Essay on Tolkien: A Racist, Sexist, or Not?

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There is no doubt that John Ronald Reuel Tolkien was an exceptional writer. Today, he is considered the father of modern fantasy literature. However, he did not start off as this extraordinary writer; rather, Tolkien worked his way up until he attained this status. John Ronald Reuel Tolkien was born on January 3rd of 1892 in a South African province. At an early age, his mother, Mabel, took him and his younger brother, Hilary, on a family visit to England; however, before his father, Arthur, could join them in England, Arthur had died from rheumatic fever. Without an income, Mabel took her children to live with her in Kings Heath with her parents. Mabel sparked John Ronald Reuel Tolkien’s interests in botany, drawing, and fantasy …show more content…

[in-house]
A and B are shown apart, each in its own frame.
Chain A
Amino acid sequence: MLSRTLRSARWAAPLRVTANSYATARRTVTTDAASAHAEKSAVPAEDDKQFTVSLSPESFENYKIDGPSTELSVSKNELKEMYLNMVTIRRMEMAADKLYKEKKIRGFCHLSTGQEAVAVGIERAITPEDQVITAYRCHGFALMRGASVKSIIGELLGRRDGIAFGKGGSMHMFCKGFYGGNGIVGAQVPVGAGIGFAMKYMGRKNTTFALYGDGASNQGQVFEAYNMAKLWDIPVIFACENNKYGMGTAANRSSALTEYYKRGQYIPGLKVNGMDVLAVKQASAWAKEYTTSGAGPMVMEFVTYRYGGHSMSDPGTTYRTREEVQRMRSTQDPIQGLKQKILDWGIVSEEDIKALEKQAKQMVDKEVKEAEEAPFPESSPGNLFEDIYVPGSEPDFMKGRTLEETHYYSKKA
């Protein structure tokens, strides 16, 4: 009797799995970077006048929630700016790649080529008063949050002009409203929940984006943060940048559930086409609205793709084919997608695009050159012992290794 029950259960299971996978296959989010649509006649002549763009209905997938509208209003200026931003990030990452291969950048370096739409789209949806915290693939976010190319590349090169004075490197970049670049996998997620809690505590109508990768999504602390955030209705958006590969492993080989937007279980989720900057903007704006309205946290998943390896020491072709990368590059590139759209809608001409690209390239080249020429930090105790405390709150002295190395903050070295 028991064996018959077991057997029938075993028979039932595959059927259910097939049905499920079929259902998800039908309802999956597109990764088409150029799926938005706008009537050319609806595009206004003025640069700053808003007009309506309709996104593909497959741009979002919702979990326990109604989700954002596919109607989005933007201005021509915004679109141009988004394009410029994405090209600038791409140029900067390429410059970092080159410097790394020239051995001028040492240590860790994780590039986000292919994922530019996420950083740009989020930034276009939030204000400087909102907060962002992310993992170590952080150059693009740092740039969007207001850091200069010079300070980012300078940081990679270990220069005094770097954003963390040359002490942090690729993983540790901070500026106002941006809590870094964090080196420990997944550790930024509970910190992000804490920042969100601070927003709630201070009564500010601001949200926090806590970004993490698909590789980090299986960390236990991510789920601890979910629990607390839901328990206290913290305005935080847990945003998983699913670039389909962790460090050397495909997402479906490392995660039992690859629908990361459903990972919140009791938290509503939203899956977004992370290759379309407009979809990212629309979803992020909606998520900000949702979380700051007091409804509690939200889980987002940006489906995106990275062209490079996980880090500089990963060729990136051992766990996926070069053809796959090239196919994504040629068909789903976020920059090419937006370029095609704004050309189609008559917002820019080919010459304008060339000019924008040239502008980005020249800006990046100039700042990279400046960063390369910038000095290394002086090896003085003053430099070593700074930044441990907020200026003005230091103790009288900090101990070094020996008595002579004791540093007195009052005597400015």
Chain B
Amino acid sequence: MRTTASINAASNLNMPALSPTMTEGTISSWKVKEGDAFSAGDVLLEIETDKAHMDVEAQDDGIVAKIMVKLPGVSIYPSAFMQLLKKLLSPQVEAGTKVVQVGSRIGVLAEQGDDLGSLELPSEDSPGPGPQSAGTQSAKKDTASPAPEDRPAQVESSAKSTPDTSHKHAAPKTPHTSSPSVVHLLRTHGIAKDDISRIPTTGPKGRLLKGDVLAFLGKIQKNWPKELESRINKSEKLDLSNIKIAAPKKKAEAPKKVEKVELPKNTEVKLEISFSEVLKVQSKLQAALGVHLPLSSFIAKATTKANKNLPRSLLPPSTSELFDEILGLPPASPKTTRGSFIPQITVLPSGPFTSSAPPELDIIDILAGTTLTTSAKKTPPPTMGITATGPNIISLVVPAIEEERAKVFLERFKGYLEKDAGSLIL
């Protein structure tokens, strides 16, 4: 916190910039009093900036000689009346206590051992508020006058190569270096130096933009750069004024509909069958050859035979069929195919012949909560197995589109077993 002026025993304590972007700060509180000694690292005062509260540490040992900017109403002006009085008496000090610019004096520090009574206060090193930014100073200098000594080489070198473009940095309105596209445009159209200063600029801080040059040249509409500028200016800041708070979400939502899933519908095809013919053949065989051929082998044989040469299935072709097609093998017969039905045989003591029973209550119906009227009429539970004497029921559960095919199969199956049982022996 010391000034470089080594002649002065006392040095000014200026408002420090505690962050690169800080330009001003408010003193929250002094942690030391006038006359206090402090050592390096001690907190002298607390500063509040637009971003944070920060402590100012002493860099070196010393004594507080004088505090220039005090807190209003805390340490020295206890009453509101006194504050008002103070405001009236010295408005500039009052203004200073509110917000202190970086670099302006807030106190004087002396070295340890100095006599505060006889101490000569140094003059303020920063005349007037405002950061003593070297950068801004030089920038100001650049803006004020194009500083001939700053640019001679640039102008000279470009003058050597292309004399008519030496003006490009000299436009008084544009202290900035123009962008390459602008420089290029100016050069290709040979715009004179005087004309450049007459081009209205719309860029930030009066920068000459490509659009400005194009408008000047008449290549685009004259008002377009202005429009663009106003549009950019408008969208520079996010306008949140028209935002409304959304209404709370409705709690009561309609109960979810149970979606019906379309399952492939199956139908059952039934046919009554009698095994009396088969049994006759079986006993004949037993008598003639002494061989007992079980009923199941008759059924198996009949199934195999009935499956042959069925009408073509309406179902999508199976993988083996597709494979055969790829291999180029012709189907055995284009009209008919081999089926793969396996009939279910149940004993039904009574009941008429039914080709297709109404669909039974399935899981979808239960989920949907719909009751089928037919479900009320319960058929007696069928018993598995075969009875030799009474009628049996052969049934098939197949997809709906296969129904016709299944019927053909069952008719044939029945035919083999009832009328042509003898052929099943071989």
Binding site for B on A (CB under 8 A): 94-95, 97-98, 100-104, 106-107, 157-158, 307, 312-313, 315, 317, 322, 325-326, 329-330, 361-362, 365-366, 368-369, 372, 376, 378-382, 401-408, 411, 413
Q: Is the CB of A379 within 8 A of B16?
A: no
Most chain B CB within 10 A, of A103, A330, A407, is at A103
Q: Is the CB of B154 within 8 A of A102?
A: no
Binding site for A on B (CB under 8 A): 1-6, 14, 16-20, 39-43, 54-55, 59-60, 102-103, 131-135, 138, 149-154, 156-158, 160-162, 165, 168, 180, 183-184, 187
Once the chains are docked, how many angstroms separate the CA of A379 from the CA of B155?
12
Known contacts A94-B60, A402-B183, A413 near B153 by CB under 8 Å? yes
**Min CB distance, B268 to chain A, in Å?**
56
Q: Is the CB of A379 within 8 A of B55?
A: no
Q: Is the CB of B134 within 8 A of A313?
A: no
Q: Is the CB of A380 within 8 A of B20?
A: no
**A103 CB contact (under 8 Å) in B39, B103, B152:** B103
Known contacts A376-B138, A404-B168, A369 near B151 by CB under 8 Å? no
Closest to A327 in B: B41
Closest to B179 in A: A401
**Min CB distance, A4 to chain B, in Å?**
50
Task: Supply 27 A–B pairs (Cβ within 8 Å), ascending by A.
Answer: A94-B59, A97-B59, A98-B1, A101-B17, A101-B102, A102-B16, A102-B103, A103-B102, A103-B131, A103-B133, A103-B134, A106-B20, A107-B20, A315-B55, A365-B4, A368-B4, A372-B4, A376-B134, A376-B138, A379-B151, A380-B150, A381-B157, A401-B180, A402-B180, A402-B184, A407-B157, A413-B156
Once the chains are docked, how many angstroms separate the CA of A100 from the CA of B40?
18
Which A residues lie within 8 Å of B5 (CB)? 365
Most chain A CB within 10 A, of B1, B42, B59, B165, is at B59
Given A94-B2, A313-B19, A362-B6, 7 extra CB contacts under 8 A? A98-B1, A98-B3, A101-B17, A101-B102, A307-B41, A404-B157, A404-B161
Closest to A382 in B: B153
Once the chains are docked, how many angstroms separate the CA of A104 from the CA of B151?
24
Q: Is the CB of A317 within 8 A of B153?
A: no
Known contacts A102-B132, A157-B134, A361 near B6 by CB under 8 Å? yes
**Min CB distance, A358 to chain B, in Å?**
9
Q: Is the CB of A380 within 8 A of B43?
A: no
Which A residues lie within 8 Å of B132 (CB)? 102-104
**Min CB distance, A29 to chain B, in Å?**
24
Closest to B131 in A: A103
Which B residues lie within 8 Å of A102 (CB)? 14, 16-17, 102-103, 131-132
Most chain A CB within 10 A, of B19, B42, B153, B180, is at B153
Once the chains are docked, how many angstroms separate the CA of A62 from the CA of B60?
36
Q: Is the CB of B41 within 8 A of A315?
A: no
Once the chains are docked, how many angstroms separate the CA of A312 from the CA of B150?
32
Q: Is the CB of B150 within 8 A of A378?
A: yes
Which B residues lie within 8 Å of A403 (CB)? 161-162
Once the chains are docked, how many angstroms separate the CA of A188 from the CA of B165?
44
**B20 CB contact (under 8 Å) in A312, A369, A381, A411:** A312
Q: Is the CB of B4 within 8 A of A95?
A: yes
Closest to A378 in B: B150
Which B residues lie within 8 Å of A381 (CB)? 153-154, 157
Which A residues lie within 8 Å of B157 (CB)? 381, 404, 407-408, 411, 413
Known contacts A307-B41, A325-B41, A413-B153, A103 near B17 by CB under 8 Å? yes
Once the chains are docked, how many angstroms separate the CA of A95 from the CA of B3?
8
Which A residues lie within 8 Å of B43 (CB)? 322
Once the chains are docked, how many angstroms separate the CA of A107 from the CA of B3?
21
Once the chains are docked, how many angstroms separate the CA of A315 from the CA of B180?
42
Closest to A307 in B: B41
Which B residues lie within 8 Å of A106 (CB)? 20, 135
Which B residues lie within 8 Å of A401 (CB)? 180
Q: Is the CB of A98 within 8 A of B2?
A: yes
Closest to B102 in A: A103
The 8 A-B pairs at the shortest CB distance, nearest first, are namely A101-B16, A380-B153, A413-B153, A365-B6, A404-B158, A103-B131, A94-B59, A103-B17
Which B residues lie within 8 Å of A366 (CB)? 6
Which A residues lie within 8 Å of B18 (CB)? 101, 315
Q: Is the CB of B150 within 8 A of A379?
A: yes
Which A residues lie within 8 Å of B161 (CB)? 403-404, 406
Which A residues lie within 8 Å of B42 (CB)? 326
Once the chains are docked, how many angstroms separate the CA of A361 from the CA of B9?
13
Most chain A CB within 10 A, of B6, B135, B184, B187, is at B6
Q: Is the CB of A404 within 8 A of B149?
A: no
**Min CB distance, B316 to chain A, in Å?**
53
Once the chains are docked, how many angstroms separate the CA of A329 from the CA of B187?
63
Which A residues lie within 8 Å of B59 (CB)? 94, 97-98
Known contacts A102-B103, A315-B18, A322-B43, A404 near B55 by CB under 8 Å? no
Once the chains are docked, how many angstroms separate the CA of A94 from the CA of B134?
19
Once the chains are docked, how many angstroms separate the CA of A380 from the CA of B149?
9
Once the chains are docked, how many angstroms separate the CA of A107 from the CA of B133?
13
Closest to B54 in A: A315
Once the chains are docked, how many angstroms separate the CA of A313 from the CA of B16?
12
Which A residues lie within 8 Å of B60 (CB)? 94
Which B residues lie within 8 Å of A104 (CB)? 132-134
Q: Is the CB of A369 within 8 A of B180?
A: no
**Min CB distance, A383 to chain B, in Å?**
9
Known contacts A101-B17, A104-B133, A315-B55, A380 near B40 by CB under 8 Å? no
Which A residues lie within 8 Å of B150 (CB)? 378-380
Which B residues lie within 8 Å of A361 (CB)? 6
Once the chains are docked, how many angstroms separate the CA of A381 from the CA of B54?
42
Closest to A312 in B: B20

Ibata states that “A recently released ‘Towers’ companion book, “The Lord of the Rings: Creatures,” calls the Haradrim “exotic outlanders” whose costumes were “inspired by the twelfth-century Saracen warriors of the middle East.” The Saracens were Islamic soldiers who battled Christian invaders during the Crusades” (Ibata 2). Ibata later goes on to say that “the Haradrim are more recognizable [than other characters]. They are garbed in turbans and flowing crimson robes. They ride giant elephants. They resemble nothing more than North African or Middle Eastern Tribesmen” (Ibata 2). However, this assertion does not provide enough justification to support the idea that Tolkien is a racist, or a sexist. In fact, it does not even reflect on Tolkien as this analysis is based off of the movie’s interpretation of the Haradrim. Although, Tolkien formulated a description of the Haradrim, it is inconsistent with the movie’s depiction of the Haradrim. This also leads to a notion that people base their perceptions of Tolkien’s literature from film interpretations causing controversy regarding race to be associated with Tolkien (Ibata 1). However, this assertion had been overlooked for decades which suggest that people believe this only after viewing the film interpretations. Furthermore, the Haradrim are not the only characters that are questionable. Critics, such as Ibata, claim that the Easterlings are looked

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